Beauty and the Beast
A sturdy and frequently dazzling version that should leave audiences swooning with delight.
In Dexter Gordon's voice in "Round Midnight," there is a quality that at first sounds like a great weariness. As I listened more carefully, however, I realized that there were other notes present.
Here is a man (I speak of the character, not the actor) who has gone too far and seen too much, and who knows that in one way or another his death is near. Yet he is not impatient with those who still have long to live; he takes what remains of his precious time to speak carefully with them. And when he speaks of the world around him, it is with a quiet amazement that he is still there to see it.
I mention Gordon's voice because it plays the same notes as the music in this film. As with all great musicians, the notes that come from within are the same as the feelings from within. Musicians who use breath to play their instruments - those who play the various horns - arrive sooner or later at a point where they play and speak in the same voice. Gordon makes it easy to hear that; the music that comes from his saxophone is sad and tender, and so are his words.
In "Round Midnight," he plays Dale Turner, an American jazzman who goes to Paris in 1959 to play at a club called the Blue Note. Turner is about 60, an alcoholic and drug user whose pattern has been to pull things together for a while and then let them slide. Each slide is closer to death.
He is on the wagon in Paris, watched over by a ferocious landlady and a vigilant club owner, who want him sober so he can get his job done. In the smoky little club every night, he plays the new music of Monk and Bird, the standards of Gershwin and Porter, and songs that come up spontaneously while they are being played.
Outside in the rain one night, a young Frenchman stands by a window, listening to the music, not caring if he gets wet. He believes Turner is the greatest sax player in the world, but he doesn't have enough money to go inside to hear him. One night he follows the old man out of the club and is able to see without much trouble that Turner needs help. So he offers it.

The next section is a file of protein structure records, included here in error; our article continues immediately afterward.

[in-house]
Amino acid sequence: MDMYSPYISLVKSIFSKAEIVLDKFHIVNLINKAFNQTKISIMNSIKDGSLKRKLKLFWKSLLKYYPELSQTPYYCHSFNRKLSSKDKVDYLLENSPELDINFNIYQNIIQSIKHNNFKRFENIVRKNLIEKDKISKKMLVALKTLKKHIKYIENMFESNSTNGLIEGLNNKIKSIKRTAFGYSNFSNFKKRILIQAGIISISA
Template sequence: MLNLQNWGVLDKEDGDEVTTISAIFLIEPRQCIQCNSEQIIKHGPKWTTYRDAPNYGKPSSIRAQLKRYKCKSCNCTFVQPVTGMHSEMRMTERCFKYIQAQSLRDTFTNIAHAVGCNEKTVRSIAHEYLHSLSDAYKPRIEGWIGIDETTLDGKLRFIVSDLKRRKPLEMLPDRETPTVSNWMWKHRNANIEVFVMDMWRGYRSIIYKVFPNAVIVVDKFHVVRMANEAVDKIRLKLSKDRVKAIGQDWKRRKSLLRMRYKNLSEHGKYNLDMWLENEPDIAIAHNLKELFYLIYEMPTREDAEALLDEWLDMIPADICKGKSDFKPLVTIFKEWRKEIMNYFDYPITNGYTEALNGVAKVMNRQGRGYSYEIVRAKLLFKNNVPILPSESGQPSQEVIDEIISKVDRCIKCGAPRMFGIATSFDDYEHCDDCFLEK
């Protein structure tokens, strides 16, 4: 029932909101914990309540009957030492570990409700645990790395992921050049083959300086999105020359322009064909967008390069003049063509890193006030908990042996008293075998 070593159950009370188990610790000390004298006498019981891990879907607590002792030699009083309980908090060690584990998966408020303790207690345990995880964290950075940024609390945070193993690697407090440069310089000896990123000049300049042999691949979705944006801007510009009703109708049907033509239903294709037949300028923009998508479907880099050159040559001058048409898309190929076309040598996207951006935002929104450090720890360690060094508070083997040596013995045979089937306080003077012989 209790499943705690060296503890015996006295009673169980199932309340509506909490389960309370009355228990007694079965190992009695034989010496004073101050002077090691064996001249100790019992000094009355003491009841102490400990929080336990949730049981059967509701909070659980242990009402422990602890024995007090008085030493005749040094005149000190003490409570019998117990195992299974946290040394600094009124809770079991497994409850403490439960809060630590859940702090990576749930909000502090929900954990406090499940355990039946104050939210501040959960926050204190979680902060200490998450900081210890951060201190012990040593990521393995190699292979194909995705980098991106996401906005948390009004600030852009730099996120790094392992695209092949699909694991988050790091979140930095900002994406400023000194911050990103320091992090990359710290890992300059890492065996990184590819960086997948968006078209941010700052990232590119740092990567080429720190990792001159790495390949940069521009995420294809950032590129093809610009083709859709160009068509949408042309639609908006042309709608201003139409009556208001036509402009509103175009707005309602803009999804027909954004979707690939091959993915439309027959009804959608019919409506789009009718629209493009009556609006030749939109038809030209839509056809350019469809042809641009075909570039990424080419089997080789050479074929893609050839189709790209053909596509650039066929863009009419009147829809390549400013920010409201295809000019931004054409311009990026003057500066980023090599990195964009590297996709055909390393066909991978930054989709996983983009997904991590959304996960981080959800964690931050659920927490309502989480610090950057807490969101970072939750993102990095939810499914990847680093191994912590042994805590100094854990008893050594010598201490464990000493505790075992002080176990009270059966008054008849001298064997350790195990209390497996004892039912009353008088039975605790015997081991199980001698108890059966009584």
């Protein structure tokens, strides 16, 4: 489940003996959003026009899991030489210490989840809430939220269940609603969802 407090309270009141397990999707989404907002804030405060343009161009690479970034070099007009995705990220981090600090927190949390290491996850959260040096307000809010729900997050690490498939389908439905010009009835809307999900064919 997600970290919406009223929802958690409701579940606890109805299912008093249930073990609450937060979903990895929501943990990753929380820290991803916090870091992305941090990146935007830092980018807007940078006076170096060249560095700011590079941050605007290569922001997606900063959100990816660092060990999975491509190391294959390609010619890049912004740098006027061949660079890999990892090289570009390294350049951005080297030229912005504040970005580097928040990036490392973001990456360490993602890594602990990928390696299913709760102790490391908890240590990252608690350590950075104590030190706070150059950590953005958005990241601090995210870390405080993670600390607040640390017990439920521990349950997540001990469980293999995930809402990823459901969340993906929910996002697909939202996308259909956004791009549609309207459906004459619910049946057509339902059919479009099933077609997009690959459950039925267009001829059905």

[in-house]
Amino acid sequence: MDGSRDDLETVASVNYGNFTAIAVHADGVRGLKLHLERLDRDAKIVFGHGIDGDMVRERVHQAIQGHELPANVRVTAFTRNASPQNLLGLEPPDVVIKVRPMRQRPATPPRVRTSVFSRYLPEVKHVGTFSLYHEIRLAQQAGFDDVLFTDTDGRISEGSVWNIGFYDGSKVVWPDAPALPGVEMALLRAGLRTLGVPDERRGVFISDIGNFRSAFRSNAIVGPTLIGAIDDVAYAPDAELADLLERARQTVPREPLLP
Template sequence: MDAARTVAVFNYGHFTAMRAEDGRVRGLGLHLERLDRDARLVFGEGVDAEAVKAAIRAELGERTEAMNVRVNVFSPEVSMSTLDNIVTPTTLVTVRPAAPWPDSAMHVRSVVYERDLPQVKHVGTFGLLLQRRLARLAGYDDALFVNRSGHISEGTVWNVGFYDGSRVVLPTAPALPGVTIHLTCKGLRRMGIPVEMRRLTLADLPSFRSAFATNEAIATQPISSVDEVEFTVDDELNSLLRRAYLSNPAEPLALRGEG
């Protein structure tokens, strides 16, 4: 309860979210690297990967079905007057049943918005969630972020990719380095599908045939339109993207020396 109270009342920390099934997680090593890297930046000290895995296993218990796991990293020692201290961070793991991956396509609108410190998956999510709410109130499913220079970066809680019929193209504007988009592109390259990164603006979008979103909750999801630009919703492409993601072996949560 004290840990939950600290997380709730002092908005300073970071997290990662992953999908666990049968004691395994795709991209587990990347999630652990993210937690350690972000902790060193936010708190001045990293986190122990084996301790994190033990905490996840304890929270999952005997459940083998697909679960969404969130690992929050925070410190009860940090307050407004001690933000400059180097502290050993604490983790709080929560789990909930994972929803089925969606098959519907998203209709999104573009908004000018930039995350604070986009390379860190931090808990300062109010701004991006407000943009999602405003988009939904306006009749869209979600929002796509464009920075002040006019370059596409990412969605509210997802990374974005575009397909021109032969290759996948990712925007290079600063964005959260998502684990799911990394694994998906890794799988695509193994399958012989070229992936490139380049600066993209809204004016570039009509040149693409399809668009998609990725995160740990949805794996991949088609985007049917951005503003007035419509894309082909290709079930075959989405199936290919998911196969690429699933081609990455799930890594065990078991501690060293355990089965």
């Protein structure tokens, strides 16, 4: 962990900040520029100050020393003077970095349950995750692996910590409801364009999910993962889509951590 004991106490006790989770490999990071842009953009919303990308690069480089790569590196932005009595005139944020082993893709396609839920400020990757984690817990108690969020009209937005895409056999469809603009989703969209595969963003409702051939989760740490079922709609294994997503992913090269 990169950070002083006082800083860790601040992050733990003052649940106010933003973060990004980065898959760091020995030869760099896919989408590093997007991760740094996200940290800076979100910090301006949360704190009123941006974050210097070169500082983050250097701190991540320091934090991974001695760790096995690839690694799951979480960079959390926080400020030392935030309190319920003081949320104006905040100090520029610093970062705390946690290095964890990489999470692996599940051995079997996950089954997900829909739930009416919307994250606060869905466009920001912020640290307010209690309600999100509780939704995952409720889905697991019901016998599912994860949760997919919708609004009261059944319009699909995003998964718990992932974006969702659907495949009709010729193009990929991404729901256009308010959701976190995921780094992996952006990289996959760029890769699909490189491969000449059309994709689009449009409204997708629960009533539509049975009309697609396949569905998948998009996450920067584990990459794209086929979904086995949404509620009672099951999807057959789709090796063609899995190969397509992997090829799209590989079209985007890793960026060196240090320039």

Turner is the most hopeless kind of alcoholic, the kind who tries to stay dry by depending on his own willpower and the enforcement of others. Sooner or later, his willpower will advise him to drink, and sooner or later the others will not be there, so sooner or later he will be drunk. The young Frenchman senses this, and also senses the overwhelming loneliness of Dale's life, and invites him home for food and talk.
That seemingly very slight gesture - a fan trying to help the man he admires - is the heart of "Round Midnight." This is not a heavily plotted movie, one of those musical biographies weighted down with omens and light on music. It is about a few months in a man's life, and about his music. It has more jazz in it than any other fiction film ever made, and it is probably better jazz; it makes its best points with music, not words.
Gordon plays the central role with an eerie magnetism. He is a musician, not an actor, and yet no actor could have given this performance, with its dignity, wisdom and pain. He speaks slowly, carefully considering, really making his words mean something, so even commonplace sentences ("Francois, this is a lovely town you have here") are really meant. He calls everyone "Lady" in the movie, and doesn't explain it, and doesn't need to.
The music was recorded live. The director, Bertrand Tavernier, has said that in earlier jazz films, the audience could sense that the actors were not really playing; that you could see in their eyes that they were not listening to the other musicians onstage with them. In "Round Midnight," the music happens as we hear it, played by Gordon, Herbie Hancock on piano and others such as Freddie Hubbard, Bobby Hutcherson, Ron Carter and Billy Higgins, with Lonette McKee on vocals.
You do not need to know a lot about jazz to appreciate what is going on because, in a certain sense, this movie teaches you everything about jazz that you really need to know.
There are side stories: Dale's old loves, new possibilities, painful memories, battles with drink, and his suicidal decision to return to New York (where he is awaited by a slick agent and a patient, fatalistic heroin dealer). They all add up to the story of the end of a life. The story needs a song, and the movie has the song, "Round Midnight."
This message came to me from a reader named Peter Svensland. He and a fr...